rating: 43.2,
        uncertainty: 2.0,

// Team Two will be made up of 3 new players, for simplicity.
// Note that teams do not necessarily have to be the same size.
let team_two = vec![

// The outcome of the match is from the perspective of team one.
let outcome = Outcomes::LOSS;

// The config allows you to specify certain values in the TrueSkill calculation.
let config = TrueSkillConfig::new();

// The trueskill_teams function will calculate the new ratings for both teams and return them.
let (new_team_one, new_team_two) = trueskill_teams(&team_one, &team_two, &outcome, &config);

// The rating of the first player on team one decreased by around ~1.2 points.
assert_eq!(new_team_one[0].rating.round(), 32.0);

Expected outcome

Every rating algorithm has an expected_score function that you can use to predict the outcome of a game.
This example is using Glicko (not Glicko-2!) to demonstrate.

use skillratings::glicko::{expected_score, GlickoRating};

// Initialise a new player rating.
// The default values are: 1500.0, and 350.0.
let player_one = GlickoRating::new();

// Initialising a new rating with custom numbers.
let player_two = GlickoRating {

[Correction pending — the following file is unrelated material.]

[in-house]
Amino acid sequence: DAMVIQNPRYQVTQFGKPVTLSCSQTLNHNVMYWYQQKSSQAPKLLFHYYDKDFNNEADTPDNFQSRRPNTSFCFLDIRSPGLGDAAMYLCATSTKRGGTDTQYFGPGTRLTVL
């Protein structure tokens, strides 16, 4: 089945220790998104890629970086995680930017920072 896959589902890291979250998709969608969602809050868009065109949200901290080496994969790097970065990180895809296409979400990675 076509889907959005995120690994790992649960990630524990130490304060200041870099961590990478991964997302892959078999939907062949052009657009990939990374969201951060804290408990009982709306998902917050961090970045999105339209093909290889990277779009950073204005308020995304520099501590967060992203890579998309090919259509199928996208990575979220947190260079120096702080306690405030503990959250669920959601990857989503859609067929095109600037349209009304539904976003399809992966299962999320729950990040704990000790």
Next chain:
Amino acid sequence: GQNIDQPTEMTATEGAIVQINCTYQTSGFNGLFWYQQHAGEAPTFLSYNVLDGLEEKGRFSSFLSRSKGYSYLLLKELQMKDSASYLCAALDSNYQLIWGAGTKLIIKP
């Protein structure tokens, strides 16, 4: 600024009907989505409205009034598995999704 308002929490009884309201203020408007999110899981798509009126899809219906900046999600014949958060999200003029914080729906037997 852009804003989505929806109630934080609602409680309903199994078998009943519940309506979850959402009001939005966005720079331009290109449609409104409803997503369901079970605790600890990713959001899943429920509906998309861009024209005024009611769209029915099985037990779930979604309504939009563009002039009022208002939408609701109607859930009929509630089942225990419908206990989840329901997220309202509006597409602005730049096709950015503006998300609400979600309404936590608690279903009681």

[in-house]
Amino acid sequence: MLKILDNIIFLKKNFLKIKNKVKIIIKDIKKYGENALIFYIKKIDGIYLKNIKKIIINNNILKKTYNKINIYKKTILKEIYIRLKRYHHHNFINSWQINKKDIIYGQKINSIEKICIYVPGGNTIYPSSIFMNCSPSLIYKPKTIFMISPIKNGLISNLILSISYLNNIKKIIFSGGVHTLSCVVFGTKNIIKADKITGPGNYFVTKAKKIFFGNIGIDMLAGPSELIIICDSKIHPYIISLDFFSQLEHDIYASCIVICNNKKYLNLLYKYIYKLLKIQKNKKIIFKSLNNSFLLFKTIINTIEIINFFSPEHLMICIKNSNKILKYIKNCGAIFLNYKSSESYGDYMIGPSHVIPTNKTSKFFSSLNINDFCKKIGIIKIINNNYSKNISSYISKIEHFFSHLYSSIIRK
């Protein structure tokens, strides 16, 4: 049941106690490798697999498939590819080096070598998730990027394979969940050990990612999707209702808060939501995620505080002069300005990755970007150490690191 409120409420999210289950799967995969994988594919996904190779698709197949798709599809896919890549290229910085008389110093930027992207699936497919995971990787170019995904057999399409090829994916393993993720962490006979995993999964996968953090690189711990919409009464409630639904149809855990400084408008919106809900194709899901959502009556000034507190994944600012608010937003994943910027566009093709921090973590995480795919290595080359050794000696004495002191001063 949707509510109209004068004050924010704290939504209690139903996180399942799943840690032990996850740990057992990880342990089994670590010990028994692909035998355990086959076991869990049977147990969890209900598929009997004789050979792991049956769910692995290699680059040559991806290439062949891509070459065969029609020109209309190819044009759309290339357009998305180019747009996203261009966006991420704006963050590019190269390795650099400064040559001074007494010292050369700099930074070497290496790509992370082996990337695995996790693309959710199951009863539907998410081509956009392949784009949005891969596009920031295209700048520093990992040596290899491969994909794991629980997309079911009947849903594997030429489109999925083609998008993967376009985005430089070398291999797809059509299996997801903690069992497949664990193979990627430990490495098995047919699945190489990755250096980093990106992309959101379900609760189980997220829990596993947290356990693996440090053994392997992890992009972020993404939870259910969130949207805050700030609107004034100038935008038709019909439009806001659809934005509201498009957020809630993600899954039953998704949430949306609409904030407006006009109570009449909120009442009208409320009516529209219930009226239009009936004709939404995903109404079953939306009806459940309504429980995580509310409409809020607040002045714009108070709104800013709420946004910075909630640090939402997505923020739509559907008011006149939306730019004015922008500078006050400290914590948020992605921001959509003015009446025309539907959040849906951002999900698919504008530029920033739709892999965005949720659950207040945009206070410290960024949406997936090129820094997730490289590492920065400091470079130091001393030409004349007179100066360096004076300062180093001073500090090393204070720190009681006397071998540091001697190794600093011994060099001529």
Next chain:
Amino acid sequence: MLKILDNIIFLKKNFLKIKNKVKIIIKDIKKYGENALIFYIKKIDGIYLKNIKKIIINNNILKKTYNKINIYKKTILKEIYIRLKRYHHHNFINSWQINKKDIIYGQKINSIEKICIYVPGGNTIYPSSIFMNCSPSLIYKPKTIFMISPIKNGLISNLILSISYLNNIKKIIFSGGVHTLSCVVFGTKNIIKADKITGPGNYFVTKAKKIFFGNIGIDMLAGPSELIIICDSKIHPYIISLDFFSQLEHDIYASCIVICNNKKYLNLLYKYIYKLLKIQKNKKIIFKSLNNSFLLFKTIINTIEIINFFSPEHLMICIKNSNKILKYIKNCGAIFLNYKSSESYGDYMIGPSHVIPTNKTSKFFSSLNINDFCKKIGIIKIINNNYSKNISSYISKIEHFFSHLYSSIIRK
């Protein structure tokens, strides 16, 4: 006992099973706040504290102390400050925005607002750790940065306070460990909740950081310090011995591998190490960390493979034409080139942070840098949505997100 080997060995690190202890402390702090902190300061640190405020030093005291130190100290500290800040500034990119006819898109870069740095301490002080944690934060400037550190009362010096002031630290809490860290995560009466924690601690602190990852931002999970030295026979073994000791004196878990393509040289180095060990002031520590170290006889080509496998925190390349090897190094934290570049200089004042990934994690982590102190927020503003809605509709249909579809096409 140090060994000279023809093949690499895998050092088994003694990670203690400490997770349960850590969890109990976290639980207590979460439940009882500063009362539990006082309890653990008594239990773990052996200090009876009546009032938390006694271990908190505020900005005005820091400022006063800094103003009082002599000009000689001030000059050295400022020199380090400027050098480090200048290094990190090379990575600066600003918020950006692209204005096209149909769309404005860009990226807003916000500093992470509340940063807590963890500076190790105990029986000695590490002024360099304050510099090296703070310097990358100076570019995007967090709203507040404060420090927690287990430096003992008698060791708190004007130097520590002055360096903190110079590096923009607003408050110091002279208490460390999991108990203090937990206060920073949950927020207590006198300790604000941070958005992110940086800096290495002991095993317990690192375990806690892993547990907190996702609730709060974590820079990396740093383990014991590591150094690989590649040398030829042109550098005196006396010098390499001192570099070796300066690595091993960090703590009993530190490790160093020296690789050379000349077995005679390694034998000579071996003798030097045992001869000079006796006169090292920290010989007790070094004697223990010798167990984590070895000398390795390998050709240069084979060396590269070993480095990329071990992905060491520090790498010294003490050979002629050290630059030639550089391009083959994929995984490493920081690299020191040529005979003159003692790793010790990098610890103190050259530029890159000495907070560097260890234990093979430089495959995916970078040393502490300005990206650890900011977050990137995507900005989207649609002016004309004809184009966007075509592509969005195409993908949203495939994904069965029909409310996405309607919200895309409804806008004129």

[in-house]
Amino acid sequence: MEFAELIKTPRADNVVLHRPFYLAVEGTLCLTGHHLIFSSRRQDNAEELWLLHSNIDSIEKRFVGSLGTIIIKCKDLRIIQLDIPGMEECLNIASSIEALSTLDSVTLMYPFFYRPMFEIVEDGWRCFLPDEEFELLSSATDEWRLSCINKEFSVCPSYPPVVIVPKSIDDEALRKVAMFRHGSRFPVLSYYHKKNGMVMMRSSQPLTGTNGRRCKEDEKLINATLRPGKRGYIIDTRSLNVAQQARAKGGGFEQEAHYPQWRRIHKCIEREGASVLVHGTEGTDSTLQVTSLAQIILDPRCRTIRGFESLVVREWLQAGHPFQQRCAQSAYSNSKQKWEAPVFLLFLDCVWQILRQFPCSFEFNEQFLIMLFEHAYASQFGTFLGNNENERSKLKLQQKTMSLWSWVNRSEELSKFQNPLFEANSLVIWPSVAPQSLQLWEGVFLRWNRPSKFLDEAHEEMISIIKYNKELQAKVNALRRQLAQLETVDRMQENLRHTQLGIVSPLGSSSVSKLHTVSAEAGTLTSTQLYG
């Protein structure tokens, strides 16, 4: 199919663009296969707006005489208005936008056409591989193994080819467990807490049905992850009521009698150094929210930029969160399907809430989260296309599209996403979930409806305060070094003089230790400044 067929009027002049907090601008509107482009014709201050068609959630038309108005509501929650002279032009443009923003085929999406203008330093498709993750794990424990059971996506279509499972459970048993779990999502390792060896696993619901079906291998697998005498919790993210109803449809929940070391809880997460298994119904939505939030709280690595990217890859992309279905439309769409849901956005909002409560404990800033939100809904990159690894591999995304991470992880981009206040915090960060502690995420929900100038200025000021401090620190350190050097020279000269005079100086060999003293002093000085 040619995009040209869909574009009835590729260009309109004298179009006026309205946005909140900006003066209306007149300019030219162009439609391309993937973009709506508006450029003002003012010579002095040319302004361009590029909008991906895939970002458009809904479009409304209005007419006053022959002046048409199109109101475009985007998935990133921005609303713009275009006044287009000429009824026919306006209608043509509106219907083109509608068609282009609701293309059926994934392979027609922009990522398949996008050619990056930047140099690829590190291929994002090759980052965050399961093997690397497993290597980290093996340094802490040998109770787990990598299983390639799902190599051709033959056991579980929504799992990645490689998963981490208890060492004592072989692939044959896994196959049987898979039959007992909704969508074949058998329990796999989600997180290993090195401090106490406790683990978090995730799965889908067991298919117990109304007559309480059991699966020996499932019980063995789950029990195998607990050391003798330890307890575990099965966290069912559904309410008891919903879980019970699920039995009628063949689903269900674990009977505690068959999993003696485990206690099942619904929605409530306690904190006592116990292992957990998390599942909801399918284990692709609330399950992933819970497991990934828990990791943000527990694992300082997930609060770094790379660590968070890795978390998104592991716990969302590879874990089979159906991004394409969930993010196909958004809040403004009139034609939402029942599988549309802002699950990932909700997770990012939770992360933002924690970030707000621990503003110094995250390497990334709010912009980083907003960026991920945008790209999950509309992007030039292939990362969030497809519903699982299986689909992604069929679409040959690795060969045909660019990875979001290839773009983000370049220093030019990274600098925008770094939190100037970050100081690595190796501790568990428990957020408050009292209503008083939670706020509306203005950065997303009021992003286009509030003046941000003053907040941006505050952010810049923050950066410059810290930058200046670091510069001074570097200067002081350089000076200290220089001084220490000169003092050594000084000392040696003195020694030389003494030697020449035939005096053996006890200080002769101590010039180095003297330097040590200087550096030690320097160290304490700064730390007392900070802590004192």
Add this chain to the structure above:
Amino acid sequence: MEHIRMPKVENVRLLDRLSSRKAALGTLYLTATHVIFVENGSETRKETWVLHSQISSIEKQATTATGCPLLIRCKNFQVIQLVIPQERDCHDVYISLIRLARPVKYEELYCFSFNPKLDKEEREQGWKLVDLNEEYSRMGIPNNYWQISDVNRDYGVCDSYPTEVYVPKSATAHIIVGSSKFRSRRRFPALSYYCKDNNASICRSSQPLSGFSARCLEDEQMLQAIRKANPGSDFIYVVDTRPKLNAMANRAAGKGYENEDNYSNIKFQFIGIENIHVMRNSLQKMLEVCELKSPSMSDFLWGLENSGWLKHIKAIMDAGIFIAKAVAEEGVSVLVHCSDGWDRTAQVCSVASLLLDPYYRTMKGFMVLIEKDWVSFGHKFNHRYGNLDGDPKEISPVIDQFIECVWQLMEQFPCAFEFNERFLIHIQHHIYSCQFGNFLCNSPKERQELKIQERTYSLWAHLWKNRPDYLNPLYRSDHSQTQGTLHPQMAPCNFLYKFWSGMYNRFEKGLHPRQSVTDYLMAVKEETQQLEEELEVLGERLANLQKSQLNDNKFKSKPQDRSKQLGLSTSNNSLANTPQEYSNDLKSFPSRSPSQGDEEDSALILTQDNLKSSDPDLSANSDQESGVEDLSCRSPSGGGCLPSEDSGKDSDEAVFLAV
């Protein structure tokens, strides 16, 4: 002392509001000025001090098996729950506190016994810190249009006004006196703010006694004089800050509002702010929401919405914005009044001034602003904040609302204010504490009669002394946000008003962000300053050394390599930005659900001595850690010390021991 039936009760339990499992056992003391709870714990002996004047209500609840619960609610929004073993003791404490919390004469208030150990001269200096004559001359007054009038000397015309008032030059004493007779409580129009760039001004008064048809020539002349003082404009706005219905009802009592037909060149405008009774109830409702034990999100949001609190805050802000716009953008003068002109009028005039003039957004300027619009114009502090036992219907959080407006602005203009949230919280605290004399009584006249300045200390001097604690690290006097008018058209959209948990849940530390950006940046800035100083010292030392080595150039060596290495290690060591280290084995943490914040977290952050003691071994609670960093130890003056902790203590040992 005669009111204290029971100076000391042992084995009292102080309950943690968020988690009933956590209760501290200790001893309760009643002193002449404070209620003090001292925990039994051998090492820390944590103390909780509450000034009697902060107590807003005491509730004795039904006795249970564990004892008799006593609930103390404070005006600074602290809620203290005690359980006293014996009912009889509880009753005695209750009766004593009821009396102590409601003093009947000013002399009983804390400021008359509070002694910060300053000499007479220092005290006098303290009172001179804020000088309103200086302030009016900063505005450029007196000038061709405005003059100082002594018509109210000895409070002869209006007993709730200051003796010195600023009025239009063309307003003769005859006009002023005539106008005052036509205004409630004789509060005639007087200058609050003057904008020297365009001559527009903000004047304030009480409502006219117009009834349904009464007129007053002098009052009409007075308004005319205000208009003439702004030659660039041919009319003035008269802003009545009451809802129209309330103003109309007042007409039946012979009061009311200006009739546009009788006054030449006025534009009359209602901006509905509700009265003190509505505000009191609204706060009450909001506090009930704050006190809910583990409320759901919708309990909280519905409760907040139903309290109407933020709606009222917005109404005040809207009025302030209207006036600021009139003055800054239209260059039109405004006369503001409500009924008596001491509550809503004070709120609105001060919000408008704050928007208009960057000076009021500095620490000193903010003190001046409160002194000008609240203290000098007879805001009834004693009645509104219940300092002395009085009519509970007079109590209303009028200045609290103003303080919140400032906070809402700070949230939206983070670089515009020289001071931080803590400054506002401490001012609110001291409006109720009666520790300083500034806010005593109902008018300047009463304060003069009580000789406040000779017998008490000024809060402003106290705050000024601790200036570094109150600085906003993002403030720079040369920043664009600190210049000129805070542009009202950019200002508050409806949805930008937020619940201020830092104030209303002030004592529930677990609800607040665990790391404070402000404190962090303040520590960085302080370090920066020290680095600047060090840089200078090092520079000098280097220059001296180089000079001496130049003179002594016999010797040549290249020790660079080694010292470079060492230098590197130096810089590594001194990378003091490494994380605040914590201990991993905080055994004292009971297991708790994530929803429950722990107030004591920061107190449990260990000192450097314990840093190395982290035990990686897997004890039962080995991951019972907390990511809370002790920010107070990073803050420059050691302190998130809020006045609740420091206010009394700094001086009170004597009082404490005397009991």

rating: 1812.0,
    deviation: 195.0,

// The expected_score function will return two floats between 0 and 1 for each player.
// A value of 1 means guaranteed victory, 0 means certain loss.
// Values near 0.5 mean draws are likely to occur.
let (exp_one, exp_two) = expected_score(&player_one, &player_two);

// The expected score for player one is ~0.25.
// If these players would play 100 games, player one is expected to score around 25 points.
// (Win = 1 point, Draw = 0.5, Loss = 0)
assert_eq!((exp_one * 100.0).round(), 25.0);

Rating period

Every rating algorithm included here has a ..._rating_period that allows you to calculate a player's new rating using a list of results.
This can be useful in tournaments, or if you only update ratings at the end of a certain rating period, as the name suggests.
We are using the Elo rating algorithm in this example.

use skillratings::{
    elo::{elo_rating_period, EloConfig, EloRating},

// We initialise a new Elo Rating here.
let player = EloRating { rating: 1402.1 };

// We need a list of results to pass to the elo_rating_period function.
let mut results = Vec::new();

// And then we populate the list with tuples containing the opponent,
// and the outcome of the match from our perspective.
results.push((EloRating::new(), Outcomes::WIN));
results.push((EloRating { rating: 954.0 }, Outcomes::DRAW));
results.push((EloRating::new(), Outcomes::LOSS));

// The elo_rating_period function calculates the new rating for the player and returns it.
let new_player = elo_rating_period(&player, &results, &EloConfig::new());

// The rating of the player decreased by around ~40 points.
assert_eq!(new_player.rating.round(), 1362.0);


Contributions of any kind are always welcome!

Found a bug or have a feature request? Submit a new issue.
Alternatively, open a pull request if you want to add features or fix bugs.
Leaving other feedback is of course also appreciated.

Thanks to everyone who takes their time to contribute.


This project is licensed under either the MIT License, or the Apache License, Version 2.0.